Army Physical Fitness Test (APFT) FM 21-20 / TC 3-22.20 Training Info

9-3 Orienteering

Orienteering
Orienteering is a competitive form of land navigation. It combines map reading, compass use, and terrain study with strategy, competition, and exercise.

This makes it an excellent activity for any training schedule.

An orienteering course is set up by placing control points or marker signs over a variety of terrain. The orienteer or navigator uses a detailed topographical map and a compass to negotiate the course. The map should be 1:25,000 scale or larger. A liquid-filled orienteering compass works best. The base of the compass is transparent plastic, and it gives accurate readings on the run. The standard military, lensatic compass will work even though it is not specifically designed for the sport.

The best terrain for an orienteering course is woodland that offers varied terrain. Several different courses can be setup in an area 2,000 to 4,000 yards square. Courses can be short and simple for training beginners or longer and more difficult to challenge the advanced competitors.

The various types of orienteering are described below.

CROSS-COUNTRY ORIENTEERING
This popular type of orienteering is used in all international and championship events. Participants navigate to a set number of check or control points in a designated order. Speed is important since the winner is the one who reaches all the control points in the right order and returns to the finish area in the least time.

SCORE ORIENTEERING
Quick thinking and strategy are major factors in score orienteering. A competitor selects the check-points to find based on point value and location. Point values throughout the course are high or low depending on how hard the markers are to reach. Whoever collects the most points within a designated time is the winner. Points are deducted for returning late to the finish area.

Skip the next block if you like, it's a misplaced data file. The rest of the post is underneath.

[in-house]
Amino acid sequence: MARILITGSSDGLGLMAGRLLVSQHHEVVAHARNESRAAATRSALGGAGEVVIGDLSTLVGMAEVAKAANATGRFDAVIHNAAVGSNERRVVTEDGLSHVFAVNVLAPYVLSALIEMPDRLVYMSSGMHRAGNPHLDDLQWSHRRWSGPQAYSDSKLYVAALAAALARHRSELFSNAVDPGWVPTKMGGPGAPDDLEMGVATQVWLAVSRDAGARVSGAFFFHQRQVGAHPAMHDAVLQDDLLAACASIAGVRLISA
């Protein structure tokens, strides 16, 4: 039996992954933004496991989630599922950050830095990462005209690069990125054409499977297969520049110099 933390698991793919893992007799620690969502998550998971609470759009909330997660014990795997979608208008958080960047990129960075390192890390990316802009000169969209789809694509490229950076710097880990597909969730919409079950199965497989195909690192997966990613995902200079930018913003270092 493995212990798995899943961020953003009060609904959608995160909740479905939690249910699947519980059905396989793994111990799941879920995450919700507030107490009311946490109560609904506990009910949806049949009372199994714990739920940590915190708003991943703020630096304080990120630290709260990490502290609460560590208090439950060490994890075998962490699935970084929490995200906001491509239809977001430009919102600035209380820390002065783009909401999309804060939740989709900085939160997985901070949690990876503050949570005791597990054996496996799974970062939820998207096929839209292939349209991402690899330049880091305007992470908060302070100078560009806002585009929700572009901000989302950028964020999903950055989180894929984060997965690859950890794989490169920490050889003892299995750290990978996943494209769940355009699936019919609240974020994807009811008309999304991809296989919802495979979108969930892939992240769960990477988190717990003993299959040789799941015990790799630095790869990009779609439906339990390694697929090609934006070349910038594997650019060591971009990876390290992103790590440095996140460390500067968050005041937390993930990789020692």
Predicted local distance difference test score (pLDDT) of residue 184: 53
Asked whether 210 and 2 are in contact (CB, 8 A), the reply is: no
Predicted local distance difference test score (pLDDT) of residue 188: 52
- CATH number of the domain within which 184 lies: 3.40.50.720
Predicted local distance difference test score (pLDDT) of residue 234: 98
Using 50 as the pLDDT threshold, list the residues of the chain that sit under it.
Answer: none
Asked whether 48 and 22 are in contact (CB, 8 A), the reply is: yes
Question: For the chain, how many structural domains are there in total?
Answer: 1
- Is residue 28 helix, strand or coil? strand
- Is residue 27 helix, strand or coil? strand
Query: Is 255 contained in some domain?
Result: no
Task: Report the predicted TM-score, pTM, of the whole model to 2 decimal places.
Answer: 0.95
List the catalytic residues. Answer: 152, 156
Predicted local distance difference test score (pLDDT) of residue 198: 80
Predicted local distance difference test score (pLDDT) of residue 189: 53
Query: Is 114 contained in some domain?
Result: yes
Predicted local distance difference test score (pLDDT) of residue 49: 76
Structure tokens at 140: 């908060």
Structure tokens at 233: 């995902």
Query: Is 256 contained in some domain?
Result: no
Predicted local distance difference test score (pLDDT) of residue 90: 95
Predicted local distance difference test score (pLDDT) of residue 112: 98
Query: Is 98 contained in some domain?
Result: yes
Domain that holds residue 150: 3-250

LINE ORIENTEERING
Line orienteering is excellent for training new orienteers. The route is premarked on the map, but checkpoints are not shown. The navigator tries to walk or run the exact map route. While negotiating the course, he looks for checkpoints or control-marker signs. The winner is determined by the time taken to run the course and the accuracy of marking the control points when they are found.

ROUTE ORIENTEERING
This variation is also excellent for beginners. The navigator follows a route that is clearly marked with signs or streamers. While negotiating the course, he records on the map the route being taken. Speed and accuracy of marking the route determine the winner.

NIGHT ORIENTEERING
This variation is also excellent for beginners. The navigator follows a route that is clearly marked with signs or streamers. While negotiating the course, he records on the map the route being taken. Speed and accuracy of marking the route determine the winner.

URBAN ORIENTEERING
Urban orienteering is very similar to traditional types, but a compass, topographical map, and navigation skills are not needed. A course can be set up on any installation by using a map of the main post or cantonment area. Soldiers run within this area looking for coded location markers, which are numbered and marked on the map before the start. This eliminates the need for a compass. Soldiers only need a combination map-scorecard, a watch, and a pencil. (Figure 9-7 shows a sample scorecard.)
Urban orienteering adds variety and competition to a unit’s PT program and is well suited for an intramural program. It also provides a good cardiovascular workout.


Participants and Rules